“This is also how you can overcome the pressure of deadlines, writer’s block, and the discomfort of whatever scene you’re writing that won’t unfold to your liking. It’s also how you can challenge your sensory perception. Wherever you are, the mall, the kitchen, the job. . . take five minutes and meditate, for no reason other than to define your senses. All five of them.”
Palms out, I lowered them gently. “In each scene, step back and insert yourself into the setting. Do the exercise we just did. Because by you becoming the character in all this sensory detail, you write such that the reader can become the character. The reader smells, sees, hears, touches, and tastes. And with the least little attention also to passive voice, you–” and I paused.
“Show don’t tell,” whispered several people.
“Some kid would call that virtual reality,” said a man in the front.
What a keen observation. And I thought he hadn’t been listening. “And why can’t we do that as people, too? When we aren’t writing. When we need to settle into a scene and out of whatever road block or irritation it is we need to depart from as people?”
The class went on, and I wrapped up the lesson on constructing a scene. Time quickly expired, and before long I was shaking hands from thankful students.
“Best writing class ever.”
“I get showing now.”
“I’m going home and telling my teenager about this.”
Once everyone left, the librarian commended me, saying she’d be inviting me back.
I almost cried.
Then alone, the lights flipping off around the library, I exited to my car parked in the corner of the lot under a streetlight, stepping gently, not wanting to break the specialness of the evening.
Rather than telling the reader what’s going on, my students could now make the reader experience what the character does, when the character does it, tallying the stimuli in an attempt to reach some sort of summation about that point in the story.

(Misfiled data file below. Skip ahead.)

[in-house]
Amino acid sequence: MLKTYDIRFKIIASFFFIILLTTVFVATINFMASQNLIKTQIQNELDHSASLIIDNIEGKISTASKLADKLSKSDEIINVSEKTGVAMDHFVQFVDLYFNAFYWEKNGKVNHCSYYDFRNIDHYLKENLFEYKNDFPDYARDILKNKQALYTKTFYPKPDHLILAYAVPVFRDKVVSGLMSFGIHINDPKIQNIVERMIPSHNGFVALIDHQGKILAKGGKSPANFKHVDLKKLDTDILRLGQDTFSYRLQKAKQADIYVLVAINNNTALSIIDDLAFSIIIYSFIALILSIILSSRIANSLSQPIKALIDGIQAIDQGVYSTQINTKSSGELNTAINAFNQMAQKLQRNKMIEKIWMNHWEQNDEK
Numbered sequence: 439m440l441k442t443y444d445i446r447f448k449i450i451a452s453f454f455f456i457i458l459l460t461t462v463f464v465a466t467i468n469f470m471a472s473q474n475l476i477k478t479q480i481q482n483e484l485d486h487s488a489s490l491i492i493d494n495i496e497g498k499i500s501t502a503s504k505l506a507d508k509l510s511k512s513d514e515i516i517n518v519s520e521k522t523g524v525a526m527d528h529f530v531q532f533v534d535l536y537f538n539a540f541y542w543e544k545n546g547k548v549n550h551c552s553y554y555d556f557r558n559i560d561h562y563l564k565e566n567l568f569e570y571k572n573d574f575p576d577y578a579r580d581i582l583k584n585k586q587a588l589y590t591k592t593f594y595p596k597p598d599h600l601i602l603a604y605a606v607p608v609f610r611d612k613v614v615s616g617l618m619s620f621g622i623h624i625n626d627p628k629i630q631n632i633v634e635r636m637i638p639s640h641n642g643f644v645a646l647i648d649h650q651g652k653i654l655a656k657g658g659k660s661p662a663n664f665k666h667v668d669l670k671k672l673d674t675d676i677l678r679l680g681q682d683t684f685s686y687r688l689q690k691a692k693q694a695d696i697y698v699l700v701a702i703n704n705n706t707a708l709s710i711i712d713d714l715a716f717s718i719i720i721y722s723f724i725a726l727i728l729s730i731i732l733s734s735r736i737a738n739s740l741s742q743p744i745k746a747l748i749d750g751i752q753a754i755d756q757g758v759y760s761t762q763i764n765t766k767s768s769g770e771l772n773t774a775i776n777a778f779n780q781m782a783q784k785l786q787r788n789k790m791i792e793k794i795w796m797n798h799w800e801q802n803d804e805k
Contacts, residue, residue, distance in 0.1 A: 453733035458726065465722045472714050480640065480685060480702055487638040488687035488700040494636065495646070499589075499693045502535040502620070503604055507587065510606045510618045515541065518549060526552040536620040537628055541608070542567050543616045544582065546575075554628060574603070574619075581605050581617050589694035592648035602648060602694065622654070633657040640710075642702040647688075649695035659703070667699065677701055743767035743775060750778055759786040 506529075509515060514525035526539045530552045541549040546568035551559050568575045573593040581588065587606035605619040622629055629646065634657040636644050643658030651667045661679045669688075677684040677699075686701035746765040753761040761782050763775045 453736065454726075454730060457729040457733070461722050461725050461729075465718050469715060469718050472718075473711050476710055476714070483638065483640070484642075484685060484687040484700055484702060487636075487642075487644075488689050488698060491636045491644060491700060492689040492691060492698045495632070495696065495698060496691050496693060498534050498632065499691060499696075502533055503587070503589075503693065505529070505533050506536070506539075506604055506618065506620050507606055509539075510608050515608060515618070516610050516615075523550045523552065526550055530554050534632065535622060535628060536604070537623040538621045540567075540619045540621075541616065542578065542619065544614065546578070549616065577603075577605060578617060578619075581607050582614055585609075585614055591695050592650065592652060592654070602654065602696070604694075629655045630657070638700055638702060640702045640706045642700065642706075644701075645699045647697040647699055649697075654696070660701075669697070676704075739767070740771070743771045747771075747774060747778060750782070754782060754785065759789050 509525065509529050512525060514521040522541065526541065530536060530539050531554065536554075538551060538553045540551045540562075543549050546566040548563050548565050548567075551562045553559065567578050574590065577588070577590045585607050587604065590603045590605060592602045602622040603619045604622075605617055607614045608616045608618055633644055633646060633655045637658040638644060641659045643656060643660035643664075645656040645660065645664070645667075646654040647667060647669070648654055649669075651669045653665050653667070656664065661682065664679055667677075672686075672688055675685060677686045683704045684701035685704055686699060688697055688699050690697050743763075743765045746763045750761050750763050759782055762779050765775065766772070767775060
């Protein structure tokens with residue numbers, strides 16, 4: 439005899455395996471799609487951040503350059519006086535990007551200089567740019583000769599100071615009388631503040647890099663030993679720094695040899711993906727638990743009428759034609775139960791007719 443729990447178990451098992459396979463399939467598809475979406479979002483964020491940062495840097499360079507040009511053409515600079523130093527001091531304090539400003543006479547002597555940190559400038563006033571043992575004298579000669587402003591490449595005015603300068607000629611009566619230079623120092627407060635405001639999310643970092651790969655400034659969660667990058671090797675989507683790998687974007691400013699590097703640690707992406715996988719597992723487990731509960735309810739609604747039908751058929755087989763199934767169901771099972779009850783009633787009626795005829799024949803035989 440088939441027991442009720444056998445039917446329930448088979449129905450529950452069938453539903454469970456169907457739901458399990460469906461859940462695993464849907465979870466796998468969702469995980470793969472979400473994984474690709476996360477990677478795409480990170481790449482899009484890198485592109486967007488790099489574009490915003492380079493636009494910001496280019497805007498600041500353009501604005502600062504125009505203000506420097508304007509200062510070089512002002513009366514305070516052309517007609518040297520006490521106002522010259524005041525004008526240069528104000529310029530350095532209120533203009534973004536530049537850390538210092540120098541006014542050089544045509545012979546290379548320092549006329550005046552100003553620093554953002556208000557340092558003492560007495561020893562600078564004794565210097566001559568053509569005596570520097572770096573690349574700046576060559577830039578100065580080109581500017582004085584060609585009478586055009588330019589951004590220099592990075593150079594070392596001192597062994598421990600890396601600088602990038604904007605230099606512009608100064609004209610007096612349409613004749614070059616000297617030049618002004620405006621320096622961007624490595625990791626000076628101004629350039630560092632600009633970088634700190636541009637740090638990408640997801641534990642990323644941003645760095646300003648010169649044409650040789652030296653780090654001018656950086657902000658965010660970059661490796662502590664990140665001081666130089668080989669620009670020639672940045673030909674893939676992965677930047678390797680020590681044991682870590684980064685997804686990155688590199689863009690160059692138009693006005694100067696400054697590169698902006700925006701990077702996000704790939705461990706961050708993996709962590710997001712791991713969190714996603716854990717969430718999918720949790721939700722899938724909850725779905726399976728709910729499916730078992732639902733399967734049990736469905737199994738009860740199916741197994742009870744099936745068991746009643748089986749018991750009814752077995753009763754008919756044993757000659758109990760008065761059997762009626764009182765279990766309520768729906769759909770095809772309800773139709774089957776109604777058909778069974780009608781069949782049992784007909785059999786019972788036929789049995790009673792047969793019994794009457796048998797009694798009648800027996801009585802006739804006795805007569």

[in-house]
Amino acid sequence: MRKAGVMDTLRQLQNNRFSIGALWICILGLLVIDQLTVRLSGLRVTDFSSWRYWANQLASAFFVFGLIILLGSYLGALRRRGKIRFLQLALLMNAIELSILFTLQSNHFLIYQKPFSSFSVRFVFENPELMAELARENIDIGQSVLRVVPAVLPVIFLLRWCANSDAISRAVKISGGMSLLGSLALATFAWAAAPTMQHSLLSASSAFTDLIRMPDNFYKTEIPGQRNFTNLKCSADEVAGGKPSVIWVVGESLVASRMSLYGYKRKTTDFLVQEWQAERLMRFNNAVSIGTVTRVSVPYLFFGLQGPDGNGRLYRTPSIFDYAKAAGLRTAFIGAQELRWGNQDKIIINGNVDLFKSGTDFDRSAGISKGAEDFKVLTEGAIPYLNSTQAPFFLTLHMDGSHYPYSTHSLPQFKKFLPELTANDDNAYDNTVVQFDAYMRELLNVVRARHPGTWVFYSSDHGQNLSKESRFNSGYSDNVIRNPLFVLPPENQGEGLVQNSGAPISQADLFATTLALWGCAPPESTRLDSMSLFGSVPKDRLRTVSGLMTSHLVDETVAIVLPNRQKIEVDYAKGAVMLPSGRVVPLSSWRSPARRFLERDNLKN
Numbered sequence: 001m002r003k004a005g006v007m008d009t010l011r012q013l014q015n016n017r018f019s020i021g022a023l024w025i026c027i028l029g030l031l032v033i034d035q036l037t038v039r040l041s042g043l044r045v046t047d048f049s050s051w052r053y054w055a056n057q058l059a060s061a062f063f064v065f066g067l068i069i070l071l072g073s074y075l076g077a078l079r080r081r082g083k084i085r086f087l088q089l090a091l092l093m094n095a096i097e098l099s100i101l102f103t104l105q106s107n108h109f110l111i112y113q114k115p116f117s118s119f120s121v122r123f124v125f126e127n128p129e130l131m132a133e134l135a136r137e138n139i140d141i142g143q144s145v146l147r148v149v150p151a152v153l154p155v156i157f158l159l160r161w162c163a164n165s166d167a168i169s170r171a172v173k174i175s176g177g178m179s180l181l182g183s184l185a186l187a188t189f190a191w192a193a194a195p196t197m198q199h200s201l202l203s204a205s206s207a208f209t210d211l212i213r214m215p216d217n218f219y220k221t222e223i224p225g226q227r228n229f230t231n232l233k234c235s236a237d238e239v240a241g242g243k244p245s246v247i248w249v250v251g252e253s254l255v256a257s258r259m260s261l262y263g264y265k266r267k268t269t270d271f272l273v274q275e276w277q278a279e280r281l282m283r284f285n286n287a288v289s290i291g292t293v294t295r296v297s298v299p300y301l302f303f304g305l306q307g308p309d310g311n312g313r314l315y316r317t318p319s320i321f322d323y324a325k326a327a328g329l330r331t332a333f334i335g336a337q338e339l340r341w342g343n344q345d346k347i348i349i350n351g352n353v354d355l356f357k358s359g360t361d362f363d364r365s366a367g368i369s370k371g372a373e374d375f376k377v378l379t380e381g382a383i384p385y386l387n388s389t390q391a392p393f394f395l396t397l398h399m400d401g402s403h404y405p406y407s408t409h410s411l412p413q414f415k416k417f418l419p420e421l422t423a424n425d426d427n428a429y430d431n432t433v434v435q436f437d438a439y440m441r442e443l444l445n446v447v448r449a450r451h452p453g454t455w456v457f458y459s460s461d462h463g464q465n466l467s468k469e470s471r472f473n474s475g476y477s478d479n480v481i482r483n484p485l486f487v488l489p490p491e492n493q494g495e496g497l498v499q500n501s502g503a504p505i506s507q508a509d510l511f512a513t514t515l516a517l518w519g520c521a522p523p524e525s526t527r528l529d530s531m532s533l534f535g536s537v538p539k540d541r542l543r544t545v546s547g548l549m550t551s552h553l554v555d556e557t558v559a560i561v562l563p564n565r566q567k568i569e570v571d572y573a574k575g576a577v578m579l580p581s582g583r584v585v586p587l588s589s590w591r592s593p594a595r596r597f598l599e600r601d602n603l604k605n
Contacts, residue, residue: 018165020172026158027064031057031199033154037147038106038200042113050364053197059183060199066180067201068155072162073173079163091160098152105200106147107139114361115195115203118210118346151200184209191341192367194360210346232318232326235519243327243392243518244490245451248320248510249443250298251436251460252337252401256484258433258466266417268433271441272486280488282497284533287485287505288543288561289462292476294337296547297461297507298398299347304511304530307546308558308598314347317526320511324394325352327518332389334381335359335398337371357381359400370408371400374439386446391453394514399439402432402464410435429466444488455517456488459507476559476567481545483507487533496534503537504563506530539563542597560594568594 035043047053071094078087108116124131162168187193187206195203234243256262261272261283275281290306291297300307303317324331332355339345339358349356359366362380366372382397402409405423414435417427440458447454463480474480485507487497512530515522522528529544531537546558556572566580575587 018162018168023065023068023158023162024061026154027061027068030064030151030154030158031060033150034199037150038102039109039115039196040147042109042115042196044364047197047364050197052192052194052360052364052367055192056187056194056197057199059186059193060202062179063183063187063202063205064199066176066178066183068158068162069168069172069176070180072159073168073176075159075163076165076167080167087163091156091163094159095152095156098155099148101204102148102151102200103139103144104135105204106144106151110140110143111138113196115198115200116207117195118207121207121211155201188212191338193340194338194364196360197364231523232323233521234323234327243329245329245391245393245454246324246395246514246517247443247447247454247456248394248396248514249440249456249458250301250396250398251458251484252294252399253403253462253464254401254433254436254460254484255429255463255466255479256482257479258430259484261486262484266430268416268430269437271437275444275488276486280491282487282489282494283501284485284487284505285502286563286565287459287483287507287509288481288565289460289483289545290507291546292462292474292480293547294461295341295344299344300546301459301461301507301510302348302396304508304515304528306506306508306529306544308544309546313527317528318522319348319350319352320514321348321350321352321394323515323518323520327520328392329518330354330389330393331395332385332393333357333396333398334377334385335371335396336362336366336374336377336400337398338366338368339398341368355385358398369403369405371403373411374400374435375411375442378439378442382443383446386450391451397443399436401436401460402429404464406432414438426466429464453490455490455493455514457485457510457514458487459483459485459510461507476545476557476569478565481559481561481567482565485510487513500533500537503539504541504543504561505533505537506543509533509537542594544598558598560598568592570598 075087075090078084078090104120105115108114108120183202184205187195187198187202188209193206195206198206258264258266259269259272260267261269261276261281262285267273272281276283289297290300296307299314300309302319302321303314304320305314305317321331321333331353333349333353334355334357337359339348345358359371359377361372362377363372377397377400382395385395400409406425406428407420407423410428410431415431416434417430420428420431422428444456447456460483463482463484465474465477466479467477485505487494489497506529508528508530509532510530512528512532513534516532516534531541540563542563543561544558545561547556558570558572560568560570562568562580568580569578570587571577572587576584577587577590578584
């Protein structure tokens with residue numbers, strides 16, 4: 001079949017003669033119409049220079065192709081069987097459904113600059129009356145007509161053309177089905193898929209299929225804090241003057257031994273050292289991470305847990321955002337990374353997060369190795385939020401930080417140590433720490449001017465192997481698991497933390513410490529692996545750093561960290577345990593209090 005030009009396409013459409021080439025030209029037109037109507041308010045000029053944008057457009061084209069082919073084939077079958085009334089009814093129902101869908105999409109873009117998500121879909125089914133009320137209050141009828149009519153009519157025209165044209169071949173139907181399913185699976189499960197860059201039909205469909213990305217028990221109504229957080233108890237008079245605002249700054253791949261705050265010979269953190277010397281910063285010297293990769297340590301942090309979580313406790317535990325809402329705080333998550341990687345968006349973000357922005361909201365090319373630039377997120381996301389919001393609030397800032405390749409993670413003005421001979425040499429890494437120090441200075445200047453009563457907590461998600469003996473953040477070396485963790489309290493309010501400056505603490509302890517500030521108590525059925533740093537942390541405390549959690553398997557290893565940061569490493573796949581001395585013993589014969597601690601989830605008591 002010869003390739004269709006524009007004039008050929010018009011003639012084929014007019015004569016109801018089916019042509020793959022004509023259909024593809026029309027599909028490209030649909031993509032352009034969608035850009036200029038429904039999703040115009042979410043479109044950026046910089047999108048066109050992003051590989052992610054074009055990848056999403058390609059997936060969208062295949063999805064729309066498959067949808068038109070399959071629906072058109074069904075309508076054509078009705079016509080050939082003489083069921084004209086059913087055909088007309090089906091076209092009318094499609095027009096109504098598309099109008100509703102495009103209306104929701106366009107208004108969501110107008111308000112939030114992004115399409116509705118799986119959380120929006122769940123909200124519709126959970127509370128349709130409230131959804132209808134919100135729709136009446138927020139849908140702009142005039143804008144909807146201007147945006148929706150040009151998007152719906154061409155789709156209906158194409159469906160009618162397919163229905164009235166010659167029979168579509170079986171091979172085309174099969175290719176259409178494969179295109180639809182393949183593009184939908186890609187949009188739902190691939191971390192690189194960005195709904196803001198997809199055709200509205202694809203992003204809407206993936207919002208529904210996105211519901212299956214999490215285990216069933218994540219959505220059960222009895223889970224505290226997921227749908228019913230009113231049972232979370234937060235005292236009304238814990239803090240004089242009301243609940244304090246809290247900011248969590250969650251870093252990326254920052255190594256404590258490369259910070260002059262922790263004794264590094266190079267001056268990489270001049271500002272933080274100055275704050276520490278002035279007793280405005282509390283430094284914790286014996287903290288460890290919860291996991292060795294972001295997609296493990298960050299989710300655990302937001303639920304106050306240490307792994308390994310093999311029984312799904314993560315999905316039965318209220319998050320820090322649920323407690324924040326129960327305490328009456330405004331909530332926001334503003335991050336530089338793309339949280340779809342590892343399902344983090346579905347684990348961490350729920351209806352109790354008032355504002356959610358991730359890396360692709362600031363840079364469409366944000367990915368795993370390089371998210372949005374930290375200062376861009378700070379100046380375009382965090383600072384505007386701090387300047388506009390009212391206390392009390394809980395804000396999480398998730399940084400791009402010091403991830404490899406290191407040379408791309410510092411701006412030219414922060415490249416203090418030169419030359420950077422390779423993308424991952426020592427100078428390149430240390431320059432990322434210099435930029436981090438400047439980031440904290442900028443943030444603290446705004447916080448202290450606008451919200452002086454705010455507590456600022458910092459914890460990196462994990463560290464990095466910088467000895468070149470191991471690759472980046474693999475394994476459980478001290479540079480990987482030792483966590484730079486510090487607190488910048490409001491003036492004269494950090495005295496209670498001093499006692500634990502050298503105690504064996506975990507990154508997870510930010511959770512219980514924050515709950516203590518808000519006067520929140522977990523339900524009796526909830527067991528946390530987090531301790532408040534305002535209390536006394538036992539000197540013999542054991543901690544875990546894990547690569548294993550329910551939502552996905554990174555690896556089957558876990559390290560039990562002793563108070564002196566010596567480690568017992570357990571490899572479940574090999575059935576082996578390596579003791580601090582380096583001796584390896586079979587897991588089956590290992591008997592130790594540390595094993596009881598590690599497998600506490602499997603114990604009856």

But in delivering that lesson, I’d realized I could choose to fall out of any negative in any part of my world, and step into the scene of my choosing via the practice of a writing exercise. Not only could I write like this, but I could live like this.
And I’d just helped 35 other people learn to love life more, too.
And a librarian.
BIO: C. Hope Clark’s newest release is Newberry Sin, set in an idyllic small Southern town where blackmail and sex are hush-hush until they become murder. The fourth in the Carolina Slade Mysteries. Hope speaks to conferences, libraries, and book clubs across the country, is a regular podcaster for Writer’s Digest, and adores connecting with others. She is also founder of FundsforWriters.com, an award-winning site and newsletter service for writers. She lives on the banks of Lake Murray in central South Carolina with her federal agent husband where they never tire of spinning mysteries. www.chopeclark.com
Beneath an idyllic veneer of Southern country charm, the town of Newberry hides secrets that may have led to murder.
When a local landowner’s body, with pants down, is found near Tarleton’s Tea Table Rock – a notorious rendezvous spot, federal investigator Carolina Slade senses a chance to get back into the field again. Just as she discovers what might be a nasty pattern of fraud and blackmail, her petty boss reassigns her fledgling case to her close friend and least qualified person in their office.
Forces to coach an investigation from the sidelines, Slade struggles with the twin demons of professional jealousy and unplanned pregnancy. Something is rotten in Newberry. Her personal life is spiraling out of control. She can’t protect her co-worker. And Wayne Largo complicates everything when the feds step in after it become clear that Slade is right.
One wrong move, and Slade may lose everything. Yet it’s practically out of her hands…unless she finds a way to take this case back without getting killed
Be sure to check out all of C. Hope Clark’s book on her website www.chopeclark.com